- Trump showed no “remorse” when he was told Babbitt had been shot, the Jan. 6 committee found.
- “We found no evidence that the President expressed any remorse that day,” the committee said.
- Babbitt was among several Trump supporters who tried to break into the House chamber on January 6.
The House select committee investigating the deadly January 6 Capitol siege has no evidence that President Donald Trump showed any remorse when he was told that one of his supporters had been shot while storming the Capitol.
According to the panel, Trump and his chief of staff at the time, Mark Meadows, were told shortly after 3 pm on January 6, 2021, that someone had been shot in the Capitol.
“That person was Ashli Babbitt, who was fatally shot at 2:44 pm as she and other rioters tried to gain access to the House chamber,” the select committee said in an introductory report of its findings. The full final report is set to be released Wednesday afternoon.
“There is no indication that this affected the President’s state of mind that day, and we found no evidence that the President expressed any remorse that day,” the committee added.
Babbitt was among thousands of Trump loyalists who laid siege to the Capitol to stop Congress from certifying Joe Biden’s victory in the 2020 election. Shortly before the attack, Trump held a rally during which he repeated the false claim that the election had been “stolen” from him and encouraged his followers to march to the Capitol.
“You’ll never take back our country with weakness. You have to show strength and you have to be strong,” Trump said, adding, “We fight like hell. And if you don’t fight like hell, you’re not going to have a country anymore.”
Babbitt was in a group of Trump supporters who tried to break into the House chamber, where several lawmakers were sheltering amid the siege. She was shot by a Capitol Police officer while she tried to climb through a broken glass panel in one of the barricaded doors to the Speaker’s Lobby, the hallway leading to the House chamber.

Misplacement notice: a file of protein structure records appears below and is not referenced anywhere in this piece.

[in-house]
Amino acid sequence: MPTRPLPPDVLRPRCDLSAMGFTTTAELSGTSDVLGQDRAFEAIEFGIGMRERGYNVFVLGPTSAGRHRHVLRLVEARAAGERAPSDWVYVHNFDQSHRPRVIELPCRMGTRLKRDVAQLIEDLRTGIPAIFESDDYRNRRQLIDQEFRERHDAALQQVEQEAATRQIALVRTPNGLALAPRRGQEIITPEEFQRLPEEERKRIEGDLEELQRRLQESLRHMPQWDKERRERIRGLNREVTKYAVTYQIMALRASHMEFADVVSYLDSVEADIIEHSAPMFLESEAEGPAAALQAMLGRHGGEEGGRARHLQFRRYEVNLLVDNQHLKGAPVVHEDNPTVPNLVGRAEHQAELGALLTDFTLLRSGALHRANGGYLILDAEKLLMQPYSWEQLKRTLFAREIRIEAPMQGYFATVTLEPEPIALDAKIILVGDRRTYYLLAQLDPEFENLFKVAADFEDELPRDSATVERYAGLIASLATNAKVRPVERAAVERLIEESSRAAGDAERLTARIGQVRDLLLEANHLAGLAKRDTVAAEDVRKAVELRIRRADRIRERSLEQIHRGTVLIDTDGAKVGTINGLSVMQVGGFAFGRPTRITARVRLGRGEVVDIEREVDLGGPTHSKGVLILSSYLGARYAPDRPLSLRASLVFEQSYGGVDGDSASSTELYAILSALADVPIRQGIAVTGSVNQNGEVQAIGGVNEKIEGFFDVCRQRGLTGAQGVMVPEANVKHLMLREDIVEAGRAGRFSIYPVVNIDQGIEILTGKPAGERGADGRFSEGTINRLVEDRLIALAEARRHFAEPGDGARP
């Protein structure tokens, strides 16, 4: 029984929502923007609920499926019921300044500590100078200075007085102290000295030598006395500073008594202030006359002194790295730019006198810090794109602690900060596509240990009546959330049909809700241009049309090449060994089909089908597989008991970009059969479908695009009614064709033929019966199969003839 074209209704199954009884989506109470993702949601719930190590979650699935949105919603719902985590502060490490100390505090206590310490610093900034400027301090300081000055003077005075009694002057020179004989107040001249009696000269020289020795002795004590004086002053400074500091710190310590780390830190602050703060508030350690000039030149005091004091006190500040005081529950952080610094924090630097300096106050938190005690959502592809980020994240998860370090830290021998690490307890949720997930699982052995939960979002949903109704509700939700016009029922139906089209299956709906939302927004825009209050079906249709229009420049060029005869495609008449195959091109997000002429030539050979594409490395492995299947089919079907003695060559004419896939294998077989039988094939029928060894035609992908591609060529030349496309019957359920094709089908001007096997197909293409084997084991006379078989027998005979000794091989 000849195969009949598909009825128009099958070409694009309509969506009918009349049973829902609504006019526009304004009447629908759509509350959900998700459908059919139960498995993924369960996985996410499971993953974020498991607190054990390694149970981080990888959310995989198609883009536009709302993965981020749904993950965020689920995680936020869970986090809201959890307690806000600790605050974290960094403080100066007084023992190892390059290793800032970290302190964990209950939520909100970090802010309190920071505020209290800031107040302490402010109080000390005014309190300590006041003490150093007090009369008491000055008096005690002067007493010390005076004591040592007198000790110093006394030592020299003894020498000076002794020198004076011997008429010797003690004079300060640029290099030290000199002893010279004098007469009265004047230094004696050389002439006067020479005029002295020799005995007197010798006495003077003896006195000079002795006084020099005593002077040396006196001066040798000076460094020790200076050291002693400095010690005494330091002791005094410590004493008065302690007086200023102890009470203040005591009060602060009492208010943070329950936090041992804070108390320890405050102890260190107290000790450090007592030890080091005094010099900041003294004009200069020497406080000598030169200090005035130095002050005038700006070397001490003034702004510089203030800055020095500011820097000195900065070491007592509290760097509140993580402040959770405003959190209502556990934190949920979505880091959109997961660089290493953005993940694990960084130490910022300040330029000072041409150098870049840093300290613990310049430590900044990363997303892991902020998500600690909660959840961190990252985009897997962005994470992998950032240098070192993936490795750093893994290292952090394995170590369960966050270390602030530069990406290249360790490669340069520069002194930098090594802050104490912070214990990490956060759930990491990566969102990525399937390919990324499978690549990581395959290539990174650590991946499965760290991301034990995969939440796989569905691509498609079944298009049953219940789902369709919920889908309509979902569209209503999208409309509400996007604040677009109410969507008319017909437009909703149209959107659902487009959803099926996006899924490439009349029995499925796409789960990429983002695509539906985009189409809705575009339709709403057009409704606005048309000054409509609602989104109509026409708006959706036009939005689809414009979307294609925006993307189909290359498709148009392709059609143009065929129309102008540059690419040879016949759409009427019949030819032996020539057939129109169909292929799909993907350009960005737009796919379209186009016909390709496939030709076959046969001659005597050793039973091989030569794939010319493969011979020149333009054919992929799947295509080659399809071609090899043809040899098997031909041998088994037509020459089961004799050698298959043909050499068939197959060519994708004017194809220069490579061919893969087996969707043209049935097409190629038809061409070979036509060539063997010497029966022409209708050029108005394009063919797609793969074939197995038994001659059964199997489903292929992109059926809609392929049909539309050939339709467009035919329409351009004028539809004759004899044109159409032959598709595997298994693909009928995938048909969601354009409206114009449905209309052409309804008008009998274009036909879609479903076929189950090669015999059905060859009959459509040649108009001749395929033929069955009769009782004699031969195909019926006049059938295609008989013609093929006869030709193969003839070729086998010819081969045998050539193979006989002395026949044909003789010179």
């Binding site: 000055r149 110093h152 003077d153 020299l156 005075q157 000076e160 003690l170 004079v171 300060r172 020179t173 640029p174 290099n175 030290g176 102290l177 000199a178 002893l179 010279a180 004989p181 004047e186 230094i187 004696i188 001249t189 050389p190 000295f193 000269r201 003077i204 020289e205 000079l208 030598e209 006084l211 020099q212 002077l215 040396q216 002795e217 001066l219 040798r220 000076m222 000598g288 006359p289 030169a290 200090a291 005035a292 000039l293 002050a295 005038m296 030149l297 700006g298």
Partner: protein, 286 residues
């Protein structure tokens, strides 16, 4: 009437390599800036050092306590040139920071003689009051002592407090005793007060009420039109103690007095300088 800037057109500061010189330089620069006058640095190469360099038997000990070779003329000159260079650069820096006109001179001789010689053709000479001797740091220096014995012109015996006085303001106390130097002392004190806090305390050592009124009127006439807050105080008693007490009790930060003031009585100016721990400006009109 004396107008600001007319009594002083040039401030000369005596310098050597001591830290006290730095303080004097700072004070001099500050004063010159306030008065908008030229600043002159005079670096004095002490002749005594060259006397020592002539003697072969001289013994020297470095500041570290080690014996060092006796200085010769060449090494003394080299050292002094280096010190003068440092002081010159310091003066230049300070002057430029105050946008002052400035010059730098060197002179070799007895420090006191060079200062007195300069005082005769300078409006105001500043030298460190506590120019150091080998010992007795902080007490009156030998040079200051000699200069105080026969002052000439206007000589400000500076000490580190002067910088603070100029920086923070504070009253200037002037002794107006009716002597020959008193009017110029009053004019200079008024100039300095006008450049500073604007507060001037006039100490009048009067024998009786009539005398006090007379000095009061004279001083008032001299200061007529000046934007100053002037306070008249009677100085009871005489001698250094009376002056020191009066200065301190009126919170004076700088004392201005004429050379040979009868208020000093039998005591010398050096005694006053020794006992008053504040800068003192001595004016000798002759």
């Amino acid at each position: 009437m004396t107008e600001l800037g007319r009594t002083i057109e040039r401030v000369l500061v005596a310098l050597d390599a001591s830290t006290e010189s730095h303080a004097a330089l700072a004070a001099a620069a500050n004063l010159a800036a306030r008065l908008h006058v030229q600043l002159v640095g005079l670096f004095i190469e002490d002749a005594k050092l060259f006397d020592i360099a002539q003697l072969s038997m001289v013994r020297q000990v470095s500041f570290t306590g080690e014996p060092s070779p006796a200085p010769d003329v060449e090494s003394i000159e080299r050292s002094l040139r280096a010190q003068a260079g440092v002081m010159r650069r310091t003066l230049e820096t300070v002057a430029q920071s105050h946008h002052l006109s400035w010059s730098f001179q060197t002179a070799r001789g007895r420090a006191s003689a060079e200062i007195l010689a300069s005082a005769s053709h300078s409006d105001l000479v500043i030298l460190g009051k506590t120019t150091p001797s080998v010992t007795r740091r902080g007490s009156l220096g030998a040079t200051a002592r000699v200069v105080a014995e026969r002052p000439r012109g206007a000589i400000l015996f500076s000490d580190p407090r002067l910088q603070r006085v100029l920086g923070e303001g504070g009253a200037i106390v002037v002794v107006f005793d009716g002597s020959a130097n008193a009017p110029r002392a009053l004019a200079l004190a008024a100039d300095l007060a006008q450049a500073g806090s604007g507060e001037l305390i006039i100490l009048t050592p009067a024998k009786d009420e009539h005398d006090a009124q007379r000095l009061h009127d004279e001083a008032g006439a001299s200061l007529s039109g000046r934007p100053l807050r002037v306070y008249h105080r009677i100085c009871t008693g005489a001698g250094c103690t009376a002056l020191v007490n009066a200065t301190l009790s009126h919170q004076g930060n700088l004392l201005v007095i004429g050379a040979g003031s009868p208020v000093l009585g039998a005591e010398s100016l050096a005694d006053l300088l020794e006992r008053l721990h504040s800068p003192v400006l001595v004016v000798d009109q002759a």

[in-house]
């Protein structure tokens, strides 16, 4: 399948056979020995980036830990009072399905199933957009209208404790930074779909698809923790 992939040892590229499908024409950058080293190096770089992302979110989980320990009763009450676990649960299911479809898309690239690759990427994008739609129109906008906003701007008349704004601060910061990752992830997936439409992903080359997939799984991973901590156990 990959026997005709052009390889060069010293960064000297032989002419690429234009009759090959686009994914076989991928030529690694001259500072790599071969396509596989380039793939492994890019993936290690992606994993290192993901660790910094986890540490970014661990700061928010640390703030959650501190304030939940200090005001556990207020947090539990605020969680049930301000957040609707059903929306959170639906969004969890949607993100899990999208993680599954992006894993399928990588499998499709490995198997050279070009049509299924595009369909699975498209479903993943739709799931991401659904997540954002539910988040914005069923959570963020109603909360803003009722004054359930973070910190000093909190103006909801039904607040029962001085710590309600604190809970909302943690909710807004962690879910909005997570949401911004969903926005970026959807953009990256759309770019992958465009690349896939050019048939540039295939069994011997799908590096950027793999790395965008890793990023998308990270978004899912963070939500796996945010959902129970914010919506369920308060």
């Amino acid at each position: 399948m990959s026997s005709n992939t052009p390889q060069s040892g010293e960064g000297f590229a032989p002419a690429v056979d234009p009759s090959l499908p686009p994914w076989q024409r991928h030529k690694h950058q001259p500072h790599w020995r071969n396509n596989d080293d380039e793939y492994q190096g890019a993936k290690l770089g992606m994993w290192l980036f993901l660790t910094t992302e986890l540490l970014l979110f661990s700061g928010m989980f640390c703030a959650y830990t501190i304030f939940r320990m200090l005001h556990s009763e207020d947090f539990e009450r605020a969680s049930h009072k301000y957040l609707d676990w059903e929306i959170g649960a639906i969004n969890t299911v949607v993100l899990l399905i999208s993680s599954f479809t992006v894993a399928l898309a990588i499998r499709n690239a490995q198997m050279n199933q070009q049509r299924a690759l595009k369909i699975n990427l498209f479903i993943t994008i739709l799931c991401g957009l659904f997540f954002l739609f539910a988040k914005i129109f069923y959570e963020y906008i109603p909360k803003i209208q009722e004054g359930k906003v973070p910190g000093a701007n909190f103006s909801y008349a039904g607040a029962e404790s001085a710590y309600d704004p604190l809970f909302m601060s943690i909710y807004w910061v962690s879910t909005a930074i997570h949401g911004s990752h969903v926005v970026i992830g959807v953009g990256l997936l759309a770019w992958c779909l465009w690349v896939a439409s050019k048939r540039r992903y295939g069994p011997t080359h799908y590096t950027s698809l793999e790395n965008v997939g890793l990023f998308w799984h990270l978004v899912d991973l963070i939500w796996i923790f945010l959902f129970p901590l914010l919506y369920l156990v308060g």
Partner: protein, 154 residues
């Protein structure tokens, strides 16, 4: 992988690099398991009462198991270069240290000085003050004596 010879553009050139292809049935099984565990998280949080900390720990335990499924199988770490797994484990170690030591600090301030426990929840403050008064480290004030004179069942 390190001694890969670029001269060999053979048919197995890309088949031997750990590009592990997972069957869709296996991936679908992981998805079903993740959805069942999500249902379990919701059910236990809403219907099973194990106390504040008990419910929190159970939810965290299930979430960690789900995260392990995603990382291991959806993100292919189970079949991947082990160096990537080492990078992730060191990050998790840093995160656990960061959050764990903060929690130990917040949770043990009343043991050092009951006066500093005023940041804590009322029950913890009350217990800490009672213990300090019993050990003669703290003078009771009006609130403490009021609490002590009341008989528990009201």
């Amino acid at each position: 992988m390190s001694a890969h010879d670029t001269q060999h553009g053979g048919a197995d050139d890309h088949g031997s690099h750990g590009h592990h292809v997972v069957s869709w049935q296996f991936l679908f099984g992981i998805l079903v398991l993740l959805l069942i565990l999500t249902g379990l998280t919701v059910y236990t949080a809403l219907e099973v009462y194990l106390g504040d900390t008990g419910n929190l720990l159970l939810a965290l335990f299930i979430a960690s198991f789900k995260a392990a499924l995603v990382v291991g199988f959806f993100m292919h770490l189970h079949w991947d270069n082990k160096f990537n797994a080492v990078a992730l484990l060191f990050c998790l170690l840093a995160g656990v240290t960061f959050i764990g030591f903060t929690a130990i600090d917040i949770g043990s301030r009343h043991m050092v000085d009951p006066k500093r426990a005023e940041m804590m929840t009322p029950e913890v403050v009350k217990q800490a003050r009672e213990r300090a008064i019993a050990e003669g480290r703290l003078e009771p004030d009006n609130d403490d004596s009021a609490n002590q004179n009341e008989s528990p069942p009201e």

The Justice Department opened an investigation into the shooting and concluded that the officer’s use of force was within DOJ guidelines, and that there was reasonable evidence showing that the officer believed he was acting in self-defense or to protect lawmakers in the chamber.
Several witnesses testified to the January 6 committee that Trump refused to call his supporters off as the violence at the Capitol unfolded, even as the mob began calling for the execution of Vice President Mike Pence.
Instead, Trump tweeted at 2:24 pm on January 6 that Pence “didn’t have the courage to do what should have been done to protect our Country and our Constitution,” referring to Pence’s refusal to unilaterally reject electors from battleground states that Trump lost.
Trump sent the tweet despite “knowing the riot was underway and that Vice President Pence was at the Capitol,” the committee said in its introductory report.
Multiple former White House officials testified to the panel that Trump’s tweet sparked panic among some in the West Wing who worried that the president’s supporters would become further inflamed and double down on calls to assassinate Pence.
Cassidy Hutchinson, an aide to former chief of staff Mark Meadows, told the committee that contrary to worrying about Pence’s safety and calling off his supporters, Trump believed the vice president “deserve[d] it.”